Sunday, November 27, 2011

PUTTING YOUR ROSES TO BED FOR THE WINTER



Welcome to the World of Rose Gardening or Rose Gardening World.  Take time and smell the roses.  Roses have been around for millions of years which just prove that roses are not difficult to grow. The Rose is also our National Floral Emblem and the state flower of several states.  Here at Rose Gardening World, you’ll find rose articles that will educate you about roses – its history, rose culture, rose profiles and even rose verses all in one place.  So visit Rose Gardening World often. 

Now that Thanksgiving is over, we can certainly say winter is coming soon if not here already.  If you haven’t tucked your roses to bed, now it’s prime time to start protecting your roses for the winter.

Don't prune your roses at this time, unless there is a concern that canes and branches could be broken when loaded with snow.  Heavy pruning should be done in spring.  The only thing you have to do is cut those very long stem so they don’t whip in the wind which causes the heaving of soil around the rose bush exposing the root system.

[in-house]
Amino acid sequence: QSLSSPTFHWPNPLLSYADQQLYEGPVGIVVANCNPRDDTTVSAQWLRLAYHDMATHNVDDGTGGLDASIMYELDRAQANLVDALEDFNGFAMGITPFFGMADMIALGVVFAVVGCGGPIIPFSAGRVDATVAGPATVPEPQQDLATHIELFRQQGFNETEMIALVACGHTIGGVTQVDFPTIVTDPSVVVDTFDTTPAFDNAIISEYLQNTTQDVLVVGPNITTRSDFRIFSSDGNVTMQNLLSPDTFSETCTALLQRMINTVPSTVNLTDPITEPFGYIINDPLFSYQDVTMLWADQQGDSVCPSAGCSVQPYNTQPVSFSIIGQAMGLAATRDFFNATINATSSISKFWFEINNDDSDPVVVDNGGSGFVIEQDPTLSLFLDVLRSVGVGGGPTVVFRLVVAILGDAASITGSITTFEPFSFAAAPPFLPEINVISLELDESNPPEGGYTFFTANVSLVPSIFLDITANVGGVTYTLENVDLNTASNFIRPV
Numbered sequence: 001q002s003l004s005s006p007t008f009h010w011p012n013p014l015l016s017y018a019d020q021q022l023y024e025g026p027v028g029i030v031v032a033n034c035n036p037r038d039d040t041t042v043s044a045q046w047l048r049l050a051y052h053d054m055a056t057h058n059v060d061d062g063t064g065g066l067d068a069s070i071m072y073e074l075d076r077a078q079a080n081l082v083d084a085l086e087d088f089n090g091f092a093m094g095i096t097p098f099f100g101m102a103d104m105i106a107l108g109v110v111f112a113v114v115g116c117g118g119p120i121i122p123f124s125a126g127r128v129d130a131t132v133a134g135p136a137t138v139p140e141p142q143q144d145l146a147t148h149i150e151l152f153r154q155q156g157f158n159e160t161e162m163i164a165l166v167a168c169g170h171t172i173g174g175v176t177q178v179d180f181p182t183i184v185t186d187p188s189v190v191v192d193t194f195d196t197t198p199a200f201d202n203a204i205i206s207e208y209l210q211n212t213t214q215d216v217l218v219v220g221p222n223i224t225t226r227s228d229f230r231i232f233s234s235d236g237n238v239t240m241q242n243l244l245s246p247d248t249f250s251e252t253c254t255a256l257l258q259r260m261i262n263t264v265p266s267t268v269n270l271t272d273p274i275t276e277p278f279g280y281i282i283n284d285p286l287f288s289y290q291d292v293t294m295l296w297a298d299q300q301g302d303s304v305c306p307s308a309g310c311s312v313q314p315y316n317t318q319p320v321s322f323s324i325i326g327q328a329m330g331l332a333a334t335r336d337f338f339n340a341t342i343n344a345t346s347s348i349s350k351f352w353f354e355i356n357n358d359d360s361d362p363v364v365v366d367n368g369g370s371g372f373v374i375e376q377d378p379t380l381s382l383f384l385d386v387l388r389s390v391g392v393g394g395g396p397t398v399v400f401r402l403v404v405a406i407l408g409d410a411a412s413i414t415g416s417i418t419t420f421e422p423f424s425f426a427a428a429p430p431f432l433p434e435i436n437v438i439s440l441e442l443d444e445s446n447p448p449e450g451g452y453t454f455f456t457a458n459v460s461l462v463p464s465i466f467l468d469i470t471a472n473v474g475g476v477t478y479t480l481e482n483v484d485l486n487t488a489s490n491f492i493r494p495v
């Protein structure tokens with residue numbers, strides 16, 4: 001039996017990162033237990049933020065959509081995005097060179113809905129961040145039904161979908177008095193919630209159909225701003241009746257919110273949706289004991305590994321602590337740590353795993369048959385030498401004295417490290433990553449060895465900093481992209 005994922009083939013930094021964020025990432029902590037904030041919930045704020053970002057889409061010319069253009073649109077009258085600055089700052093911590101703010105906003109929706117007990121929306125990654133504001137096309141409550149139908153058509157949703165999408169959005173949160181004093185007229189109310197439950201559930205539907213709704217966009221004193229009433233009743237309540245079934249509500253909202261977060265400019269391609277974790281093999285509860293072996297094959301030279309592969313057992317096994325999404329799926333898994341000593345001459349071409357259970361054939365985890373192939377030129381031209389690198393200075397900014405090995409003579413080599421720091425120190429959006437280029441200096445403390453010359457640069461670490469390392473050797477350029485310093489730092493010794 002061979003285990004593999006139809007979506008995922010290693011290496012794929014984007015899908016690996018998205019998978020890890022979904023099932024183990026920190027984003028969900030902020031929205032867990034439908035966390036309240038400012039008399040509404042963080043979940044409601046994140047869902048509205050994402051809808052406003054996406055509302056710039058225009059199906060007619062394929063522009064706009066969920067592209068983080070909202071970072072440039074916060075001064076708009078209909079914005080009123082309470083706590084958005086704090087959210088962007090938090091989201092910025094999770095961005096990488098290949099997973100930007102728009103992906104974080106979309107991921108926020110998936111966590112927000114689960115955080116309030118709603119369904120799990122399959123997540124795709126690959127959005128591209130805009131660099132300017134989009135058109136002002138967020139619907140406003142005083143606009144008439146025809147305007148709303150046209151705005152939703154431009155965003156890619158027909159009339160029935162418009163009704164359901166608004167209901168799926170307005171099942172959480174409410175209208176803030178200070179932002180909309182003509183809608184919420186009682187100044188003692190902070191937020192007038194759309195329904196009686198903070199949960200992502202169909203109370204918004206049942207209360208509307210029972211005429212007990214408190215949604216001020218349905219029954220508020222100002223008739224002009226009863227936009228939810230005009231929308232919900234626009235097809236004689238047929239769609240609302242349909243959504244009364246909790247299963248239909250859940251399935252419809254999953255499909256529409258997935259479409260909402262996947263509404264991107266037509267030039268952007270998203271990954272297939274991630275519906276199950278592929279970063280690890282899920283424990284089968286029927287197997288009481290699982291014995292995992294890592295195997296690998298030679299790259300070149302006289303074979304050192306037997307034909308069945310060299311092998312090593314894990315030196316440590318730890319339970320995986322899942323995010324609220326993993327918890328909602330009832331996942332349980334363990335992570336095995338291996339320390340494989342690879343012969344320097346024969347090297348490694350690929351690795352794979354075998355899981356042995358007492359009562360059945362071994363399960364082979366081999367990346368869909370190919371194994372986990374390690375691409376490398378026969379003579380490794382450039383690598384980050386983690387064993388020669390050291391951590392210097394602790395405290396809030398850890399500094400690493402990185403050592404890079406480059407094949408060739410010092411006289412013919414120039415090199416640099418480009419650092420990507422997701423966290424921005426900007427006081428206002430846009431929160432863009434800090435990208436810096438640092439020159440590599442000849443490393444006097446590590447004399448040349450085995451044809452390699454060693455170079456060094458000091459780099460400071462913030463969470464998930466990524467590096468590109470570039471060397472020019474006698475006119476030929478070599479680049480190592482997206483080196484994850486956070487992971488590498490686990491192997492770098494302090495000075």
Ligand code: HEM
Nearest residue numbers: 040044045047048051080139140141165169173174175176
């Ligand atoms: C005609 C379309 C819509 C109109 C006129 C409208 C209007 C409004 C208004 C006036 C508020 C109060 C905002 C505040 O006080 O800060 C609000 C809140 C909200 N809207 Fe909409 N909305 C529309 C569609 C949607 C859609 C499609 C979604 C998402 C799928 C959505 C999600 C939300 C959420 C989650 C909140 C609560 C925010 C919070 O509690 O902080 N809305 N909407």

Before you put your hose away for the winter, give your rose a good soaking.  Do not let your roses go to bed thirsty.  

Apply a dormant spray such as lime sulfur and/or spray oil. This will kill pests and fungal diseases that might try to overwinter on the plant or surrounding soil.  Rake leaves from around your plants to prevent the spread of diseases.

Protection is usually not necessary, but roses can benefit from applying mulch over the crown area if a cold winter is forecasted.  Cover the bud union with a mound of soil about 6" high, then cover the plants and mound with straw. In areas where winter temperatures are below 10°F., remove any stakes on tree roses and gently dig away soil on one side. Bend your tree rose downward to the ground and cover it with straw first, then soil.  For climbers, cover the base of your climbers with soil. Tie the canes and wrap them in burlap. For severe-winter areas, anchor the canes to the ground and cover them with straw.

While you are making the final inspection, check which roses did not do well.  Decide on whether to give it another chance or shovel prune it.  Then it is time to browse through those catalogs and order the rose plants for next spring.